My husband suggested that we could have a reunion of all the Leslie Langs, and I thought it would be really funny if we all wore nametags that read “Leslie Lang.” And all the husbands could have tags that said, “Mr. Leslie Lang.” And our little girl would wear one that said, “Leslie Lang’s daughter.”

She (Leslie Lang) also mentioned that she considered moving to Hawai‘i a couple years ago, and I wrote back that I had a small anxiety attack when I read that because I would like to be the Leslie Lang here. But then I told her that after I thought more about it, I realized that she too is about building up her name, for her comedy, and two people working on building name recognition FOR THE SAME NAME would be great!

Anyway, the whole thing is really strange but kind of fun. But strange.

But fun.

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Big Merrie Monarch Push at BigIslandOnTheCheap.com

It’s almost Merrie Monarch week here on the Big Island. I love this week, when Hilo town shimmers and comes alive with people and flowers and hula everywhere.

Over at Big Island On The Cheap, we are going to be hitting Merrie Monarch hard. We’ll have a bunch of features — where to eat, half- and full-day trips to take around Hilo, all the exciting things going on with Merrie Monarch itself, some great local coupon deals that are exclusive to our readers (whether residents or visitors),  and some other surprises, too, which are already in the works. 

picture-5I just finished writing up our first Merrie Monarch-related post. It’s about taking a day trip up to the Volcano area, and it’s up now. 

So that’s what I’ve been working on.

Are you coming over for Merrie Monarch? Attending yourself and sitting on those hard hard benches (totally worth it)? Watching on TV? Sitting this one out?

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Needed: Merrie Monarch Tickets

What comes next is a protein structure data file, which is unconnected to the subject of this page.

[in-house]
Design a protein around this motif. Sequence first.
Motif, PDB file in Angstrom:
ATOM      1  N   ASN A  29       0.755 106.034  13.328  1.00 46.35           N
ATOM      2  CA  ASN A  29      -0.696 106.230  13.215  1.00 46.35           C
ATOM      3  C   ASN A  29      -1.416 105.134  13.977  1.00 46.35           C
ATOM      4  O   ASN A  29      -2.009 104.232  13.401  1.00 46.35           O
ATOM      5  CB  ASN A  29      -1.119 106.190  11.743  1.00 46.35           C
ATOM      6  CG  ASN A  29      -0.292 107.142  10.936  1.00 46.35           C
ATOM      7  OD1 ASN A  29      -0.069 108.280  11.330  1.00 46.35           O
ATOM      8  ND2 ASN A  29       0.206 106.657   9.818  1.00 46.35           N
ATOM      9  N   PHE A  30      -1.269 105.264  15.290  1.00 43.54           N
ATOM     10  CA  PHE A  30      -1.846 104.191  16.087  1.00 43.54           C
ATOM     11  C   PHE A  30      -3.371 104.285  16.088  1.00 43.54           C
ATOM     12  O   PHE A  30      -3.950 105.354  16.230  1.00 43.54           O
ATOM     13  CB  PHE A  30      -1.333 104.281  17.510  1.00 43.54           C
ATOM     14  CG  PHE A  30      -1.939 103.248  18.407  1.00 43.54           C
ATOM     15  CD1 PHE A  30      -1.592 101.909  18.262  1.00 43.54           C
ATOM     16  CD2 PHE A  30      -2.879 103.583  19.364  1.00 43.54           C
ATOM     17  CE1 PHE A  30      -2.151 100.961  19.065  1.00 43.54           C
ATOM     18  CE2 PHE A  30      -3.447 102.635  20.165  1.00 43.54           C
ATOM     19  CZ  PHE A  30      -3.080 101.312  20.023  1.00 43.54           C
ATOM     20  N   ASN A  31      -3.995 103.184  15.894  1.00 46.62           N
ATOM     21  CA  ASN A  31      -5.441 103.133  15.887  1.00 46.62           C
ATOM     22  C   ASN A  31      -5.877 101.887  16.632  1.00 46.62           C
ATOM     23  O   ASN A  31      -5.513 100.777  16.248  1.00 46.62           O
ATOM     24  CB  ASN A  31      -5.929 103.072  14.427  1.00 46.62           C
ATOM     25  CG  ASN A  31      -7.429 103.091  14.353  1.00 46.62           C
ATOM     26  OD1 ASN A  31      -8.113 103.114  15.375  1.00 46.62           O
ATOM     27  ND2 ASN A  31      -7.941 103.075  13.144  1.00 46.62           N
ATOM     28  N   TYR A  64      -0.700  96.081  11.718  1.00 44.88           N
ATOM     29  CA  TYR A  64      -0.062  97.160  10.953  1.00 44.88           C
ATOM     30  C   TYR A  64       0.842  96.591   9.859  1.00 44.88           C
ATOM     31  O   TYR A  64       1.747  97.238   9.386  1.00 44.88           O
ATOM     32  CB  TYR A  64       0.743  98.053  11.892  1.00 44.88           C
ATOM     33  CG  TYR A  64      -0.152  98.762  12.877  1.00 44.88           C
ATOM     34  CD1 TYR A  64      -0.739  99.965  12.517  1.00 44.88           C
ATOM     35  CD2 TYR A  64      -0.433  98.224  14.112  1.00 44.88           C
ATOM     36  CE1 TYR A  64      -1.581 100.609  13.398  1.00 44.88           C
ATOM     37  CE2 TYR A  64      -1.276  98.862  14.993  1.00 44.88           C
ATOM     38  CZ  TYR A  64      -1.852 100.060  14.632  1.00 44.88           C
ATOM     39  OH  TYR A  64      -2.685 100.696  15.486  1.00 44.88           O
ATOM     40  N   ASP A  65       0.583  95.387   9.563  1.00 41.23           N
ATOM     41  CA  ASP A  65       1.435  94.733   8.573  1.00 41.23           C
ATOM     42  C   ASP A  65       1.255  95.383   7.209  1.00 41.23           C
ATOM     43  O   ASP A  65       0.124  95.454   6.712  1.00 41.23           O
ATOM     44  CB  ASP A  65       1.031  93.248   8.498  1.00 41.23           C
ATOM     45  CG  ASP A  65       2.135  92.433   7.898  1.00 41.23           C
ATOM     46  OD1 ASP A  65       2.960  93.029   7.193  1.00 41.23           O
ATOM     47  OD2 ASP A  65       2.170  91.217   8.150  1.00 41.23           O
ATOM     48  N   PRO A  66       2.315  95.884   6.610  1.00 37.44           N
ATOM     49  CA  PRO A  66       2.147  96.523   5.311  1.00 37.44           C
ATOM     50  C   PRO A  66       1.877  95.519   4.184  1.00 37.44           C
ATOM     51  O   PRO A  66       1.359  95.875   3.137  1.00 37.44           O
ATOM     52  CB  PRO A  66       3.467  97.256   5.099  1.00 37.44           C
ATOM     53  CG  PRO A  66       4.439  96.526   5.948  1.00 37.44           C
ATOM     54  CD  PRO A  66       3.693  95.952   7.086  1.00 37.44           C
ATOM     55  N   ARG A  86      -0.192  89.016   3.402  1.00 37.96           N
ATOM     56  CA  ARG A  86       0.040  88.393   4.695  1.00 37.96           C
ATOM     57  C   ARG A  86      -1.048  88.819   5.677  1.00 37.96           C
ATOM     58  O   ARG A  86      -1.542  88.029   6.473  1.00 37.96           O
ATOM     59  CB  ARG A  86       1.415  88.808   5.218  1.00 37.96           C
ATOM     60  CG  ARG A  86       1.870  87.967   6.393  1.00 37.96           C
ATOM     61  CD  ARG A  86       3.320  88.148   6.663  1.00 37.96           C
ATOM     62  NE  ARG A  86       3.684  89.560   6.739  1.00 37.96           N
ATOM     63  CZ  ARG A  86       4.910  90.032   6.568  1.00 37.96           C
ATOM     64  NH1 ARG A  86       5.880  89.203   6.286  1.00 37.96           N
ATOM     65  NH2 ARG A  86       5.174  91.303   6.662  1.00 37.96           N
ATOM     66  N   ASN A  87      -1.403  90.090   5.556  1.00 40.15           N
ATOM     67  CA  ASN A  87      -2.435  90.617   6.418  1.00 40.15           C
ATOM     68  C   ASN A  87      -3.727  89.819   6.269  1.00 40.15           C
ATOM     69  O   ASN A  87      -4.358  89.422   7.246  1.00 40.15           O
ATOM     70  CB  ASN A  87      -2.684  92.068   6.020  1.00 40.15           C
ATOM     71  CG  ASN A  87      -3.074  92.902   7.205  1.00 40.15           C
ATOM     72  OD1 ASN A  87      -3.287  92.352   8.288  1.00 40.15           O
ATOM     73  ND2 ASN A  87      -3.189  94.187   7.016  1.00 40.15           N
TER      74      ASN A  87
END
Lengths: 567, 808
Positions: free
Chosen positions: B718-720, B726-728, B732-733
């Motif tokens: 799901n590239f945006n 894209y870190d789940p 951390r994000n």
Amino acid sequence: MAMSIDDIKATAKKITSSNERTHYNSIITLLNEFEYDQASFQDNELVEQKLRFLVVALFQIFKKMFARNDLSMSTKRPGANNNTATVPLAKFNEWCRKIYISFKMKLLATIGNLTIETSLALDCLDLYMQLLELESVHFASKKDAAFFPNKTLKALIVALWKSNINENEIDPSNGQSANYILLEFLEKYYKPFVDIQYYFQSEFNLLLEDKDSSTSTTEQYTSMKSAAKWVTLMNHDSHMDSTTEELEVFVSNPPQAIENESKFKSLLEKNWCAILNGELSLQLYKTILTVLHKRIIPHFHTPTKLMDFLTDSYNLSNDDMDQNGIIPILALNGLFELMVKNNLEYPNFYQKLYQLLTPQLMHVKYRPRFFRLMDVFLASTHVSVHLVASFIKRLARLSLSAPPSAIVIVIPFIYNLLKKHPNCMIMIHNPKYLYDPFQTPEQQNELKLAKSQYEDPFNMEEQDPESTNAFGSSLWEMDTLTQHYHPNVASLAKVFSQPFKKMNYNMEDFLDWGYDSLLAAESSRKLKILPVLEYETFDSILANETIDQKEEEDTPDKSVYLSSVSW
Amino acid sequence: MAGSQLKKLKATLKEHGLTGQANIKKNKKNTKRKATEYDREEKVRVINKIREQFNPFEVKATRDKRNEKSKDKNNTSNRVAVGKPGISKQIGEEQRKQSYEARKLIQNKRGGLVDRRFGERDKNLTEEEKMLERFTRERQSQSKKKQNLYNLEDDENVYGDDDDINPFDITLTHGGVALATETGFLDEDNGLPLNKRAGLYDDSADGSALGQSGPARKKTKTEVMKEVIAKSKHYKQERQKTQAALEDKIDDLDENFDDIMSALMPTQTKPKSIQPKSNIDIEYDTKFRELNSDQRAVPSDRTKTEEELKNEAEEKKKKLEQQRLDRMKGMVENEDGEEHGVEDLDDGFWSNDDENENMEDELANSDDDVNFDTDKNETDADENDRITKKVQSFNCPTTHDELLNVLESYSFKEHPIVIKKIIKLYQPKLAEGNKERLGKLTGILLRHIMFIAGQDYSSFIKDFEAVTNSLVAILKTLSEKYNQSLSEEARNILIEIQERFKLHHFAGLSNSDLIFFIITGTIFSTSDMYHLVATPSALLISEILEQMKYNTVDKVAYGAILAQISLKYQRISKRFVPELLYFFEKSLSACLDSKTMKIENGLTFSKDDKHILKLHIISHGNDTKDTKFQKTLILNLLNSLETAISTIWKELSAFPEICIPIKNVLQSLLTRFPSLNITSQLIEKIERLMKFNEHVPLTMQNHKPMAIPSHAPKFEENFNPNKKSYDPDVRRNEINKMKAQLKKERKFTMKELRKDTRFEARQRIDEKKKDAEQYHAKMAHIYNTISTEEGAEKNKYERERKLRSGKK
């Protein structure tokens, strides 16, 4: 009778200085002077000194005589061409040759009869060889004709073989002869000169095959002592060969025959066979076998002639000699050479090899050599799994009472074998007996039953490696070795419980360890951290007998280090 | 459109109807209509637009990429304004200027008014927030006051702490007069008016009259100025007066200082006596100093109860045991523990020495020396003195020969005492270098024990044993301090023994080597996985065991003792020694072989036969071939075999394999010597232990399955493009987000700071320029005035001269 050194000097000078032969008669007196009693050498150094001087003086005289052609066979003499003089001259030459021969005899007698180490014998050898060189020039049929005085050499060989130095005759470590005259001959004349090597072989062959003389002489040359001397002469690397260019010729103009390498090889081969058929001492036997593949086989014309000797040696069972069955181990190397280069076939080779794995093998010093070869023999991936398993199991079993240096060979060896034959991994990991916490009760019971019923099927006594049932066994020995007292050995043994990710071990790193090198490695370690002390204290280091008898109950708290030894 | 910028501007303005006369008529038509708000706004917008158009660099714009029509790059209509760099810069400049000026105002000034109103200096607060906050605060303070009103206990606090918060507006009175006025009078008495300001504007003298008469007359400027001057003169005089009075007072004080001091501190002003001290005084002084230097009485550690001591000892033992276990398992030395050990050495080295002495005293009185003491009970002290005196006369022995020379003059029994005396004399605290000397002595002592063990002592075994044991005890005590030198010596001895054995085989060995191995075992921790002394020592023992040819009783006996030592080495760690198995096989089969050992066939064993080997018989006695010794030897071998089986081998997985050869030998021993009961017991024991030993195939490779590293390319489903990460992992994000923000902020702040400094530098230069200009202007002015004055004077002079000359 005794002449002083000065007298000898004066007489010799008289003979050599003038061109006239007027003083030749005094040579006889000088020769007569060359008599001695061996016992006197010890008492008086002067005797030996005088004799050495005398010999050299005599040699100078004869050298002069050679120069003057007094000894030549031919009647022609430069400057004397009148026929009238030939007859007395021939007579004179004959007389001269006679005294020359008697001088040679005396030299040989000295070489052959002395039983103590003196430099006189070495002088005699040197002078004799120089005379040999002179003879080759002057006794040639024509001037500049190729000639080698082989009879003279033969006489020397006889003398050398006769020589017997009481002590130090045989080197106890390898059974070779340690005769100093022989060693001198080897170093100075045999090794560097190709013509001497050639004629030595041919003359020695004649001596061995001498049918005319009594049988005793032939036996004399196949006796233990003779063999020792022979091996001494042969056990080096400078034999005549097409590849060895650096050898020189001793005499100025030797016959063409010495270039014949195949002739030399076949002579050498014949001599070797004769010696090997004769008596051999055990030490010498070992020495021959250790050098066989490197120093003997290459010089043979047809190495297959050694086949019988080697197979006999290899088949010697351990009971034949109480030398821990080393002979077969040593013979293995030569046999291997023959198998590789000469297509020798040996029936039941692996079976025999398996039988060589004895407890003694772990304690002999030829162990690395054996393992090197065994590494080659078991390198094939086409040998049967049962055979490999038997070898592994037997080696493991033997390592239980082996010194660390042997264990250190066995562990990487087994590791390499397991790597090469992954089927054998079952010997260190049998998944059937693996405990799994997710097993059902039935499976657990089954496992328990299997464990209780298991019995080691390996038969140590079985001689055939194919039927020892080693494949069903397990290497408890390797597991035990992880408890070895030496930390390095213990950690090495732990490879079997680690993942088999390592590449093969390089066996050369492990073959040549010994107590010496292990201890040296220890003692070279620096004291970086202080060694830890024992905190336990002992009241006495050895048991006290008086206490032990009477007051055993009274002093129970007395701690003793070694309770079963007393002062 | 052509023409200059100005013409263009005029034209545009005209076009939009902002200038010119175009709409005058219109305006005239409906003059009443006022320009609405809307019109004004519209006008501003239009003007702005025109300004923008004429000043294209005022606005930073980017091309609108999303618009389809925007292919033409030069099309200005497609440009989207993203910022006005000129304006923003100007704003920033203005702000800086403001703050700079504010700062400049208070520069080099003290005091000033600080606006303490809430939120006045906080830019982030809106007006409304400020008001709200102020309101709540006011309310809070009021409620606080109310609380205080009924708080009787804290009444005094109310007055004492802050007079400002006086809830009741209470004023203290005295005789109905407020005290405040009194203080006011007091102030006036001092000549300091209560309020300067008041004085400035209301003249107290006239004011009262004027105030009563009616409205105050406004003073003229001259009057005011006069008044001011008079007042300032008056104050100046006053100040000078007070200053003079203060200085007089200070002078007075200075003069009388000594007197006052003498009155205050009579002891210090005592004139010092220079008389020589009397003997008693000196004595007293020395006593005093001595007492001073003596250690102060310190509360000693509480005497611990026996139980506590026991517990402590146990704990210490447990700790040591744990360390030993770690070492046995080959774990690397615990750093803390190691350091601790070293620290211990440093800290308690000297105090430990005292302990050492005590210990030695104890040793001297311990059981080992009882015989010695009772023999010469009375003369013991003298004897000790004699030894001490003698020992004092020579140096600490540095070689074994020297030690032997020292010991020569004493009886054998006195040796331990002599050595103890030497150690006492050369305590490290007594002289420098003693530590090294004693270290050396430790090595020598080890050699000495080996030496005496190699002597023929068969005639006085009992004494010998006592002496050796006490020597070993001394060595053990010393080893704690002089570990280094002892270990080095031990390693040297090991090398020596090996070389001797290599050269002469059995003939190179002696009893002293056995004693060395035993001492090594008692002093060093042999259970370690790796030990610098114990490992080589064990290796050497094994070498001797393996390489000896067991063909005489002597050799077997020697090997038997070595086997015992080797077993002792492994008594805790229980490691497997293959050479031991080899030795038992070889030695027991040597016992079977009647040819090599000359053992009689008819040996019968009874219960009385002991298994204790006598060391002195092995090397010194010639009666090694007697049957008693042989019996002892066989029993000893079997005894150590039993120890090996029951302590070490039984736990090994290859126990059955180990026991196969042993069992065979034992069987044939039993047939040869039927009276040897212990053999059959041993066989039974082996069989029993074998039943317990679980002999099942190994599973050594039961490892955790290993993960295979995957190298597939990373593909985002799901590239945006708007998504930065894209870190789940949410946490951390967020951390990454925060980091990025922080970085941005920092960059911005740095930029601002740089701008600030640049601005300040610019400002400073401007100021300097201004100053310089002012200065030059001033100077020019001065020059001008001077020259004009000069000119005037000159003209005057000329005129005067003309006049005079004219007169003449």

Does anybody have extra Merrie Monarch tickets I could buy from them (at cost)?

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Photo Thomas Tunsch. Used by permission

One year my friend was on a mission to get Merrie Monarch tickets and asked a stranger in line at Starbucks, and said stranger indeed had extra tickets.

I haven’t asked at Starbucks yet, but how about you, online world? Surely you’re more effective than hitting up strangers at Starbucks!

I’d throw in a signed copy of my Exploring Historic Hilo book, if it helped.

Please ask around, tell your friends, all that. Let me know! I would really appreciate any help.

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Leslie Lang ‘R Us

I have a Google Alert set up for my name (do you?) and today I got an alert about how great I was when I did my comedy improv act in San Jose recently. 

I, um, don’t do comedy improv (maybe some occasional, unintentional slapstick), nor do I frequent San Jose. But I’m glad to hear it was enjoyable.

Isn’t it strange to find other people with YOUR name? Maybe somebody named Steve Smith is used to it. But I don’t think my name is all that common, so when I occasionally stumble across another Leslie Lang, it feels so odd. Does anybody have any interesting stories about coming across someone else with their same  name?